Play Live Radio
Next Up:
Available On Air Stations
Watch Live

Housing Advocates Release Report Detailing Funding Shortage In San Diego

Construction crews work on a 24-unit apartment building in North Park, July 23, 2019.
Andrew Bowen
Construction crews work on a 24-unit apartment building in North Park, July 23, 2019.

San Diego was shorted $14 million dollars in state grant money for affordable housing, due in part to lack of communication between government agencies and not prioritizing projects attractive to the state, according to a report released Monday by local affordable housing advocates.

The advocates pointed to The Affordable Housing and Sustainable Communities Program, a state grant program that funds the construction of housing and transportation projects to address California's homelessness and housing crisis. According to the groups, San Diego received $14 million less than it would have it the grants were awarded proportionately by population.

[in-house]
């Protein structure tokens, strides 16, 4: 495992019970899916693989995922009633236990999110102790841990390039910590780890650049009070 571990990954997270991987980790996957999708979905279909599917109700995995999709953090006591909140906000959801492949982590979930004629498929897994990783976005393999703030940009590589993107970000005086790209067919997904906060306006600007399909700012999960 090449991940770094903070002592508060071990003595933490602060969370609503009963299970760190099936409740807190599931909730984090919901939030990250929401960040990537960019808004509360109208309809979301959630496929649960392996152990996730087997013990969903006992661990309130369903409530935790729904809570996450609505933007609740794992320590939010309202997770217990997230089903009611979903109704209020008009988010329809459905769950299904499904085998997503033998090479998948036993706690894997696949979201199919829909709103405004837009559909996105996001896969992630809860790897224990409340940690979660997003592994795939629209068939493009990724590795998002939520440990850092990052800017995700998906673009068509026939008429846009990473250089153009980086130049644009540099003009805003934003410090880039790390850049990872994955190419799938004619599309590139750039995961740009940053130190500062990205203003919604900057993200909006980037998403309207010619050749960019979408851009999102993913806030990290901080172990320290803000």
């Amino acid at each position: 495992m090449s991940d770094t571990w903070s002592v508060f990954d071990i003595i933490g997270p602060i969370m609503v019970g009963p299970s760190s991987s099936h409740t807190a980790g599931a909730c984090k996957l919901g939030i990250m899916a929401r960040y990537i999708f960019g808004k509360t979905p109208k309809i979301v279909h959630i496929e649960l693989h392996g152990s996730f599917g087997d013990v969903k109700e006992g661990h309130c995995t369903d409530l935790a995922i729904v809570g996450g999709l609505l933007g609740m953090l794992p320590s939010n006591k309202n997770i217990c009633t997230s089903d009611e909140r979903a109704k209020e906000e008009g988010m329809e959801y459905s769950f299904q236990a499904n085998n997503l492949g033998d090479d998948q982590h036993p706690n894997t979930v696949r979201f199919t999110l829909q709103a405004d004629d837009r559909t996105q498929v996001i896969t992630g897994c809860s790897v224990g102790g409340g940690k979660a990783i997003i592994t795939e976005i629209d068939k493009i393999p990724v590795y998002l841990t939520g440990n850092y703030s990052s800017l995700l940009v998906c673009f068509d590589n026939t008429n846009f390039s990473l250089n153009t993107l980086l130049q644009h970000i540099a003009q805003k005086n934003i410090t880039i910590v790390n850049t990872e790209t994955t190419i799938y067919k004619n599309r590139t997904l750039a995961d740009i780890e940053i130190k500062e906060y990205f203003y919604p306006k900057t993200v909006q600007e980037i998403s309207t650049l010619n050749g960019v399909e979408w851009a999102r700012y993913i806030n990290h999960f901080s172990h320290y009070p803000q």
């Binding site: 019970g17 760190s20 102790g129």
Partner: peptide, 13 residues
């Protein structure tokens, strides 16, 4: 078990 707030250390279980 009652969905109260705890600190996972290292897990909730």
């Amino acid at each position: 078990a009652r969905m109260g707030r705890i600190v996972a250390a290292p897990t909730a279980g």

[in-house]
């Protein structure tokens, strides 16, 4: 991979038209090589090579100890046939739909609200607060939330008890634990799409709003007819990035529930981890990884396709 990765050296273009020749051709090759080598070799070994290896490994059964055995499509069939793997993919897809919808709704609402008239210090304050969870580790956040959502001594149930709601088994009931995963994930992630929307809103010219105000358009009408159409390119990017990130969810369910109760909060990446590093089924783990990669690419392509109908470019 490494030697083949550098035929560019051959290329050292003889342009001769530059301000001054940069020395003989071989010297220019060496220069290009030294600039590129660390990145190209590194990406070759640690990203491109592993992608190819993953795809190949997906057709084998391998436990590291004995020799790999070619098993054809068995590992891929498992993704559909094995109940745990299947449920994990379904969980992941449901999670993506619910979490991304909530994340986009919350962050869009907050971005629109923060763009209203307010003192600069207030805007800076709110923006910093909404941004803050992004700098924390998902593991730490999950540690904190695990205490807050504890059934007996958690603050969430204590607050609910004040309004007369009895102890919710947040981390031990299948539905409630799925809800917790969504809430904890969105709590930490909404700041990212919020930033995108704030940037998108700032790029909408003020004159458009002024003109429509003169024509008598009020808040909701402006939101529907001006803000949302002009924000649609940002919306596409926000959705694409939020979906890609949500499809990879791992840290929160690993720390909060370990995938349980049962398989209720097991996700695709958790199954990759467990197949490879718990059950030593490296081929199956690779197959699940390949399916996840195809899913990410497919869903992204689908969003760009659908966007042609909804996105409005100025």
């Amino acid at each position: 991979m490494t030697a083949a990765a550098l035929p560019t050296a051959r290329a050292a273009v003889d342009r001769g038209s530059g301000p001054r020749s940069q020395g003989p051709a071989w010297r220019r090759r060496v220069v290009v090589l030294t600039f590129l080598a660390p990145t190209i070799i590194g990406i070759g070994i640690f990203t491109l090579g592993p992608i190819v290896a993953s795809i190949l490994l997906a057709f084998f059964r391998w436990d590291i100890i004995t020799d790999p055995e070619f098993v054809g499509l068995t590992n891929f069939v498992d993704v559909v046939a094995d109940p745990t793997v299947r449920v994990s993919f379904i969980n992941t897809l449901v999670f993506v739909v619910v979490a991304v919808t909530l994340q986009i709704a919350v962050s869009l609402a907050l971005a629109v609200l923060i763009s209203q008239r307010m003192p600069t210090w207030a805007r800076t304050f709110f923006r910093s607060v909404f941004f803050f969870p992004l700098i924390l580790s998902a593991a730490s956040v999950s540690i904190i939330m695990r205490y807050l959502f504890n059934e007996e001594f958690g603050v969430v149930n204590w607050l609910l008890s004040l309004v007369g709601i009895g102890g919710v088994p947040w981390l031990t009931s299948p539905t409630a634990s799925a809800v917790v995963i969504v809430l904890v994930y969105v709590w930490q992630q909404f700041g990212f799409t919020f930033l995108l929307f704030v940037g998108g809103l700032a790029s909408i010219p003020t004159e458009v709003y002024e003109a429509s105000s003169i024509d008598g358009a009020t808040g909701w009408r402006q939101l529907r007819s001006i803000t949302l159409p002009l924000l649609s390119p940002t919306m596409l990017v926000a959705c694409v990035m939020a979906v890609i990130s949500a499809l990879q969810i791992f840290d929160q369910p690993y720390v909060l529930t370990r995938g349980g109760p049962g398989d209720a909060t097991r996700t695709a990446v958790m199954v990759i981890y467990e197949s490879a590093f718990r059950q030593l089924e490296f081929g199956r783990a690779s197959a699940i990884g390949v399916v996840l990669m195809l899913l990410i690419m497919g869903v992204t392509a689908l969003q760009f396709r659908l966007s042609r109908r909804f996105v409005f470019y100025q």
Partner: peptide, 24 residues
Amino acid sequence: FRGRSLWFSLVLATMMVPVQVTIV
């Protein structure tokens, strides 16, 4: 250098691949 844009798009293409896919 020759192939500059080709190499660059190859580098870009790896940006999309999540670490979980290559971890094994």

"As this report makes clear, we need to move together as a region to make San Diego more competitive for funding that can lower housing costs, reduce traffic congestion, address climate change — all while building a San Diego for all," San Diego County Supervisor Nathan Fletcher said.


The report recommends a few key steps to increase grant funding, including better interdepartmental communication, developing a website for grant applicants, prioritizing state grant-eligible projects with affordable housing funds, increasing funding locally to show good faith and preparing a pipeline of sound transportation projects.

Organizations who presented the report included Climate Action Campaign, Circulate San Diego, Southwest Carpenters, Wakeland, National Core and Community HousingWorks.

Maya Rosas, director of policy for Circulate San Diego and co-author of the report, echoed Fletcher's remarks.

"Local jurisdictions and agencies can make a difference to bring state Cap-and-Trade dollars to the San Diego region," she said. "By acting strategically, the region can secure its fair share of benefits from California."

The report can be viewed at